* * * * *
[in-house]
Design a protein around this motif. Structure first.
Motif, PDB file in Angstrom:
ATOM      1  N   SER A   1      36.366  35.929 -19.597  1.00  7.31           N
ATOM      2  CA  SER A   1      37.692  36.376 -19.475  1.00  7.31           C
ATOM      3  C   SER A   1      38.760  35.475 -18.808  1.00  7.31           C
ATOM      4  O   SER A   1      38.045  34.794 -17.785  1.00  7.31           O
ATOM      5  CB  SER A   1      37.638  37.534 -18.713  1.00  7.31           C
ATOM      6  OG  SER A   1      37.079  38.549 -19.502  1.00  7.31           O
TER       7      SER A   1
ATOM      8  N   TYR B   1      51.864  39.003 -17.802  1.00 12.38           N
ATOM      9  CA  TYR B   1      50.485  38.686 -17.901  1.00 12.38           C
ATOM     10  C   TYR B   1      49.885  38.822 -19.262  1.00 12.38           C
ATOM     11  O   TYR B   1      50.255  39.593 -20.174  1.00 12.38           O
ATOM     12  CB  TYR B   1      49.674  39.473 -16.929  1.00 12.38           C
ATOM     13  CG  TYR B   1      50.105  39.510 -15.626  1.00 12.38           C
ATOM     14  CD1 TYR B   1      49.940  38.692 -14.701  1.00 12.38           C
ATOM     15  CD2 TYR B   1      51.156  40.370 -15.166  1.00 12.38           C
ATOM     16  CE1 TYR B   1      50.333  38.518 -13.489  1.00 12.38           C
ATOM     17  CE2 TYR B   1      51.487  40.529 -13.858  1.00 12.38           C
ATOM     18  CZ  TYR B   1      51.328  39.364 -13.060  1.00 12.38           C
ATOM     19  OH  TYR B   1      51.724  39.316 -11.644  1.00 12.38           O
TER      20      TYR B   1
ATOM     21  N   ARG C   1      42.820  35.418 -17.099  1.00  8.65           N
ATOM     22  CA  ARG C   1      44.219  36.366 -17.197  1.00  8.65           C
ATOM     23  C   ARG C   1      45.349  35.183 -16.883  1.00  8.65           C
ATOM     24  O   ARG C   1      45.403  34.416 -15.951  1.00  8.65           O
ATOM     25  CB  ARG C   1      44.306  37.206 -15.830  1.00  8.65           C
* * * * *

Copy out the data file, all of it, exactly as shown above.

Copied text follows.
[in-house]
Design a protein around this motif. Structure first.
Motif, PDB file in Angstrom:
ATOM      1  N   SER A   1      36.366  35.929 -19.597  1.00  7.31           N
ATOM      2  CA  SER A   1      37.692  36.376 -19.475  1.00  7.31           C
ATOM      3  C   SER A   1      38.760  35.475 -18.808  1.00  7.31           C
ATOM      4  O   SER A   1      38.045  34.794 -17.785  1.00  7.31           O
ATOM      5  CB  SER A   1      37.638  37.534 -18.713  1.00  7.31           C
ATOM      6  OG  SER A   1      37.079  38.549 -19.502  1.00  7.31           O
TER       7      SER A   1
ATOM      8  N   TYR B   1      51.864  39.003 -17.802  1.00 12.38           N
ATOM      9  CA  TYR B   1      50.485  38.686 -17.901  1.00 12.38           C
ATOM     10  C   TYR B   1      49.885  38.822 -19.262  1.00 12.38           C
ATOM     11  O   TYR B   1      50.255  39.593 -20.174  1.00 12.38           O
ATOM     12  CB  TYR B   1      49.674  39.473 -16.929  1.00 12.38           C
ATOM     13  CG  TYR B   1      50.105  39.510 -15.626  1.00 12.38           C
ATOM     14  CD1 TYR B   1      49.940  38.692 -14.701  1.00 12.38           C
ATOM     15  CD2 TYR B   1      51.156  40.370 -15.166  1.00 12.38           C
ATOM     16  CE1 TYR B   1      50.333  38.518 -13.489  1.00 12.38           C
ATOM     17  CE2 TYR B   1      51.487  40.529 -13.858  1.00 12.38           C
ATOM     18  CZ  TYR B   1      51.328  39.364 -13.060  1.00 12.38           C
ATOM     19  OH  TYR B   1      51.724  39.316 -11.644  1.00 12.38           O
TER      20      TYR B   1
ATOM     21  N   ARG C   1      42.820  35.418 -17.099  1.00  8.65           N
ATOM     22  CA  ARG C   1      44.219  36.366 -17.197  1.00  8.65           C
ATOM     23  C   ARG C   1      45.349  35.183 -16.883  1.00  8.65           C
ATOM     24  O   ARG C   1      45.403  34.416 -15.951  1.00  8.65           O
ATOM     25  CB  ARG C   1      44.306  37.206 -15.830  1.00  8.65           C